My Name Is

My name is Abandoned Girl

My name is Apoorva

My name is Inmate 0046

My name is Kira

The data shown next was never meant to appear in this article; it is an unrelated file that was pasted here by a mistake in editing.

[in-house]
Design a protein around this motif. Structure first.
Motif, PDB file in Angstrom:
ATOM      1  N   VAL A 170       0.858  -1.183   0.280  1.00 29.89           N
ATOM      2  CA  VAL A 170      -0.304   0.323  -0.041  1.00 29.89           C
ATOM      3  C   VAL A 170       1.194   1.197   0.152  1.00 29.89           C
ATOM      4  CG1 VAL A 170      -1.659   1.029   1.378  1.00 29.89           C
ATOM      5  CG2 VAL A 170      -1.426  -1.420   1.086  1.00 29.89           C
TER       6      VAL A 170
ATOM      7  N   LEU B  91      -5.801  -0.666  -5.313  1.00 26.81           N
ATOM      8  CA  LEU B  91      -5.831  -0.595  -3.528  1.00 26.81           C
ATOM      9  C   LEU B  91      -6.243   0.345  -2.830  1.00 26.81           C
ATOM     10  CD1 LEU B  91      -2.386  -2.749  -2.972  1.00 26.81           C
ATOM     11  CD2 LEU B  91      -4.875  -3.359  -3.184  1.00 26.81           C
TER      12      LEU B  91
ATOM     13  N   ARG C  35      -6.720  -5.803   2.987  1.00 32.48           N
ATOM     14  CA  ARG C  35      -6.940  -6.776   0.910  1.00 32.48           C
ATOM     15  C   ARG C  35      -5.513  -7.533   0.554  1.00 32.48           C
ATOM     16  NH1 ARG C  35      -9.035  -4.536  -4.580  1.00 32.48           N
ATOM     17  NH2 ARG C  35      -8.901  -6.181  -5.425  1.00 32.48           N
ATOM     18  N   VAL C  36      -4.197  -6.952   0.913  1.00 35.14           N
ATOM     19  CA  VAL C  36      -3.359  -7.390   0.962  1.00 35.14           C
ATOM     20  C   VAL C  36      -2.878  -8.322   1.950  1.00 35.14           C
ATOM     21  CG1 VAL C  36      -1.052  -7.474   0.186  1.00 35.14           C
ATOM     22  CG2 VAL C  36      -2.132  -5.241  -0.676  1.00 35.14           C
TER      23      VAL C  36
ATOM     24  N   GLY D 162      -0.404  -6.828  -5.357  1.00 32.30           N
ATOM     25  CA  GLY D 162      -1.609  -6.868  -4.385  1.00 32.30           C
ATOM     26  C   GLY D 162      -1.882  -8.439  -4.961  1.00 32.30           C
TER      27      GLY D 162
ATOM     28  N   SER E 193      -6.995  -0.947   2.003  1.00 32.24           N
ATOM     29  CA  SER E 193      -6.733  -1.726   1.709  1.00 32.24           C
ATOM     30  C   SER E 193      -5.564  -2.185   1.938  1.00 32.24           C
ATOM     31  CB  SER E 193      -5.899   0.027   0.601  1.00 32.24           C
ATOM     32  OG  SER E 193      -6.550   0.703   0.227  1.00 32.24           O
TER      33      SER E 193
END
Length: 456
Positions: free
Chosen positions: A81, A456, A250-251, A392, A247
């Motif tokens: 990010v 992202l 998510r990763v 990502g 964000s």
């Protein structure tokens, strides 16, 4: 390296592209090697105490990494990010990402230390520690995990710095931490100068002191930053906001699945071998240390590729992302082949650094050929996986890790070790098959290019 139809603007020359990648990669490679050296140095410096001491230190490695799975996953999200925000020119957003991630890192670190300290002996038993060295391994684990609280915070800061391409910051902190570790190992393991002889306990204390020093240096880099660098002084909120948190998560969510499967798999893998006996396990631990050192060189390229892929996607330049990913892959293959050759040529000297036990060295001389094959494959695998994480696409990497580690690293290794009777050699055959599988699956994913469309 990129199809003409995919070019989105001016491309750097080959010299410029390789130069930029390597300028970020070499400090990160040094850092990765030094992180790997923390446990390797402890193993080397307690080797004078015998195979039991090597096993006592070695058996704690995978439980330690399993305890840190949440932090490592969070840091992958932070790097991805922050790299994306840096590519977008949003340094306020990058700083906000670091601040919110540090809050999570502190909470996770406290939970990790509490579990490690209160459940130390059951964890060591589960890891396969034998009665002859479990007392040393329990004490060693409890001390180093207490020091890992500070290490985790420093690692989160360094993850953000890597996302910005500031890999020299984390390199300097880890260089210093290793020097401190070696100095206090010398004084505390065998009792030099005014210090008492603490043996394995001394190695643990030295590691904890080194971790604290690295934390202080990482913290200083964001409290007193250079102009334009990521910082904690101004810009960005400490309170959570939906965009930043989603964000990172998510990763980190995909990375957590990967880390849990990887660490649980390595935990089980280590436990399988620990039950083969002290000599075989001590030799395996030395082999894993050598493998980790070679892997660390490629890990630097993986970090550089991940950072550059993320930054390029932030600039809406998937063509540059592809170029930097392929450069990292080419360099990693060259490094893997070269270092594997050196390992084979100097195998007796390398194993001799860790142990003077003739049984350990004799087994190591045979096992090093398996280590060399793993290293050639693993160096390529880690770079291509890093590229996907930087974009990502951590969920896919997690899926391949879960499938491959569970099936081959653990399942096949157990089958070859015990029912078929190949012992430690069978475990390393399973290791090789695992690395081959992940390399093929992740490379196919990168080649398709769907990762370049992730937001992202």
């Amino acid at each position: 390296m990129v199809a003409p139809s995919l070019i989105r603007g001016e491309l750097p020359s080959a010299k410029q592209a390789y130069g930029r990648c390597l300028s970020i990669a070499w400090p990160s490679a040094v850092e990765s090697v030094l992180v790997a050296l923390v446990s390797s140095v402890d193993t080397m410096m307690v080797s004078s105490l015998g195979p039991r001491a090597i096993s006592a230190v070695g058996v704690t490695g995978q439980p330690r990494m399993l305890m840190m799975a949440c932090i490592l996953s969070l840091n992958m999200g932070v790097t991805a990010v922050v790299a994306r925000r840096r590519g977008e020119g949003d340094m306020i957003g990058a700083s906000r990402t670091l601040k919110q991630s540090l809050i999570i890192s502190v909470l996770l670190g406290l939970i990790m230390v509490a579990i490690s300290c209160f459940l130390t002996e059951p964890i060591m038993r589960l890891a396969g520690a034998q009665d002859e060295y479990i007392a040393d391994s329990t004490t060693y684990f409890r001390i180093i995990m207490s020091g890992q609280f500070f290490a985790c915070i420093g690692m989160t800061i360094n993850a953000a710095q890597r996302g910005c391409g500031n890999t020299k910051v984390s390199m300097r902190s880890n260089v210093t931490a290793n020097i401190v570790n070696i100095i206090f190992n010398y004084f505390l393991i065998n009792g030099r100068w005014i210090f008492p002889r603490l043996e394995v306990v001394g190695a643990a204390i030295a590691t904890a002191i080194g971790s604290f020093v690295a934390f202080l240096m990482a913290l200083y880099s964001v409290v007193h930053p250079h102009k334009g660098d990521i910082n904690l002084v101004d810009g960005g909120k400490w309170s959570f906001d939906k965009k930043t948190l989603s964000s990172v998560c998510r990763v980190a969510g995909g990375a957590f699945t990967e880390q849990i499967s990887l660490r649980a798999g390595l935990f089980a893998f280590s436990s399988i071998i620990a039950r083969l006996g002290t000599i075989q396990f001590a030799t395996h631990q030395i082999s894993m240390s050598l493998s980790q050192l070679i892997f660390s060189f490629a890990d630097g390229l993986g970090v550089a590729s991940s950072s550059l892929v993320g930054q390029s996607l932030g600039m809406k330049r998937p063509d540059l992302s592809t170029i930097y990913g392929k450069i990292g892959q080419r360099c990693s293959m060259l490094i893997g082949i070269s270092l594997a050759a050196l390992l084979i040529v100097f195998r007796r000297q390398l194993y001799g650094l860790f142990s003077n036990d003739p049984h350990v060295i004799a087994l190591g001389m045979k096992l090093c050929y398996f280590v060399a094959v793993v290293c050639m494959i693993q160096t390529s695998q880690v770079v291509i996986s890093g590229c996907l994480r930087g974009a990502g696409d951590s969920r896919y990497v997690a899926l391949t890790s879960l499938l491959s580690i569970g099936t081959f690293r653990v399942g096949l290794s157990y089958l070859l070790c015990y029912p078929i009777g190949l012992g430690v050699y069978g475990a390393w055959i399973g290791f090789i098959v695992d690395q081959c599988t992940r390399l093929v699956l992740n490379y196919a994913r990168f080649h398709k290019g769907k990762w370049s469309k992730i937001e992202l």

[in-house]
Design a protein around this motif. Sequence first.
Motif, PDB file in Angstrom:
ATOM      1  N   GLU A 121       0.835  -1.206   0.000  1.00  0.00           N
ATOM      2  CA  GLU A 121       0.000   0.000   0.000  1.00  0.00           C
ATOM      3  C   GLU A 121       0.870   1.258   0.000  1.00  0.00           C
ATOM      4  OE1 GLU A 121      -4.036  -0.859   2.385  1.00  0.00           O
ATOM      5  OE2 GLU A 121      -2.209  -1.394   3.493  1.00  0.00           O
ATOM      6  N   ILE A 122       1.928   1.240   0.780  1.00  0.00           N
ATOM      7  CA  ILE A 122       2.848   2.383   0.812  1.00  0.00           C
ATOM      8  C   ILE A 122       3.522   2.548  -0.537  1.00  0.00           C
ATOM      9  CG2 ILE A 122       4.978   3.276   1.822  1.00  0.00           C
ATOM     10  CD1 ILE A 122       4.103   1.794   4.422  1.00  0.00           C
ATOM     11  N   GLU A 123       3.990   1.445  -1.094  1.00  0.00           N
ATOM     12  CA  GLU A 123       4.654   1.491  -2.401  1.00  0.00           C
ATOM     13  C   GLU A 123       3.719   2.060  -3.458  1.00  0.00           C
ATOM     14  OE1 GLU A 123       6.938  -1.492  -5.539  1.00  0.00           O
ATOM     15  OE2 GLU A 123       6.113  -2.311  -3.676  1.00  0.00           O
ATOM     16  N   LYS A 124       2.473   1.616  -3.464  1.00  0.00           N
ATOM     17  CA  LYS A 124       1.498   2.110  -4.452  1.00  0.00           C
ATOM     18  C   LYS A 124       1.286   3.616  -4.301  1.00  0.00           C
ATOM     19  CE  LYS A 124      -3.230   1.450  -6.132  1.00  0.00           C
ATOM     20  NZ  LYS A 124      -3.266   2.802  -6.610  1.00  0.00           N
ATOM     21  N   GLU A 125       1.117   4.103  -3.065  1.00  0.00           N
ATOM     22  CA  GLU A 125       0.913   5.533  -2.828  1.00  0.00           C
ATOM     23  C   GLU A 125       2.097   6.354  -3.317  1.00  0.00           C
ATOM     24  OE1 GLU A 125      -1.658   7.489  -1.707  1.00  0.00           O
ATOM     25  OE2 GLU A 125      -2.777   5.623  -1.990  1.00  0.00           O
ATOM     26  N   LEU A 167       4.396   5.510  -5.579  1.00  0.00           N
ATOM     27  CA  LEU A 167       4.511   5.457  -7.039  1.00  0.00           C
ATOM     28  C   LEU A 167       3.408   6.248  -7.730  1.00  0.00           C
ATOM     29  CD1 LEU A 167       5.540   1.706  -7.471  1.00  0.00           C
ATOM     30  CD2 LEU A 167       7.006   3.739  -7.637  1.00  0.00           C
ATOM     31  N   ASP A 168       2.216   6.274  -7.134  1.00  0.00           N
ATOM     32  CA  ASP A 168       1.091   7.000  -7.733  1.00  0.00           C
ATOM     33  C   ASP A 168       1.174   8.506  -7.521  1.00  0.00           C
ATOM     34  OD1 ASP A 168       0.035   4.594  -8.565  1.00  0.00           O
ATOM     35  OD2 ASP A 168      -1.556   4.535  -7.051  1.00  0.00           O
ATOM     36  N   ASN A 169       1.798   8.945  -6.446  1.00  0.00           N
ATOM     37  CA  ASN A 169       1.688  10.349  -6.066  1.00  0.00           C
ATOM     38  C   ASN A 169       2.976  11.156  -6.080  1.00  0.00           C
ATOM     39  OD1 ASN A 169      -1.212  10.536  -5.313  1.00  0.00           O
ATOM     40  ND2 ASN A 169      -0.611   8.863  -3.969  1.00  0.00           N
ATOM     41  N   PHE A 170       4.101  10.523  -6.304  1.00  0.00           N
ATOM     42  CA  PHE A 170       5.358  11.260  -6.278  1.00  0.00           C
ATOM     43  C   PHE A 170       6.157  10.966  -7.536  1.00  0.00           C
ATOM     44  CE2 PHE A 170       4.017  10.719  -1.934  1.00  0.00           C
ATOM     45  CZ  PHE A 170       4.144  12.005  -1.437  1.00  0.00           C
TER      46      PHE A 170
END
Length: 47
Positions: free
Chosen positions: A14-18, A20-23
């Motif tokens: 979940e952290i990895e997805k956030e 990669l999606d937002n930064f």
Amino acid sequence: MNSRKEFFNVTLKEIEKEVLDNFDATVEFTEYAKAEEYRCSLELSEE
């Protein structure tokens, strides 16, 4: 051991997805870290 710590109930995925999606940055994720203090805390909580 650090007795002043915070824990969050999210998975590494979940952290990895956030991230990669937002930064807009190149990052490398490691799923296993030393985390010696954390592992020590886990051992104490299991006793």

I’ve watched countless videos and listened to podcasts on adoptees and adoptions. Tried to read as many book on it as I could to try to connect to anything that was said or heard. I spent hours trying to feel connected to strangers who have gone through the same feelings as I. After months of research and reading I realized no one can tell my story the way I can. I also learned how important is it for adoptees to have a voice. It wasn’t easy to find these articles and podcasts. It was even harder to find them on international adoptees. 80% of the stories and videos I watched were the stories of adoption through the adopters eye. The videos of them going to the foreign countries to get their child. Watching those videos always brought me sadness because all I could do was look that adoptee who looks completely lost and confused. The first intimate interaction the adoptee is having with their adopted parents is posted for everyone to see online. As if they’re some prize and the world must see. I always wondered how that child will feel when they grow older and see the video. So often we hear the stories of the adopters and their struggles. Whether it’s their inability to conceive a child on their own or their own losses that have opened them to the idea of adoption.For some reason that’s acceptable to hear but as soon as an adopted child tries to express their feelings they get shut down. The truth is that it is hard for adoptees themselves to be heard and understood on a bigger platform. Ironically it’s even harder adoptees to allow themselves to be okay with thinking these truths. Trying to find a delicate way to express how they feel without stepping on the toes of the people that raised them. Trying to find a middle ground where they can be their honest selves without hurting others. But the reality is that the adoptee is full of so much hurt and loss that it becomes unbearable to handle at times. The push and pull of feeling the need to be grateful for their adoptive parents. But then not understanding why this happened to them. Why is it that an adoptee feels like they have to repay their adoptive parents in a way. It’s this unspoken feeling that adoptees and adoptive parents have. Adoptive parents can reject this as well as adoptees but it doesn’t take away that feeling. Adoptees didn’t ask to be abandoned by their biological mother. They didn’t ask to be shown the hardest parts of life before they could even learn how to stand. They didn’t ask to be taken halfway across the world to be with a family who looks nothing like them. They didn’t ask to be bullied about their parents not wanting them even though the truth is at one point in our lives we were unwanted. Regardless of the reasoning on the biological family’s side, as the adoptee who has to live their life this is what it is. You can not tell an adoptee that it isn’t true. Telling an adoptee that their biological mother gave them up for a better life or because they were loved so much makes no sense. When the child gets older some (not all) at one point will start to analyze themselves. There is no guarantees in this life so insinuating that a life without the person who created them would be better is a little off. Telling a child that they were so loved and yet still not wanted by their biological mom just makes their idea of trust vanish. Going through life with the idea that no matter how much someone loves you, they will still leave you makes relationships on all different levels confusing and destructive.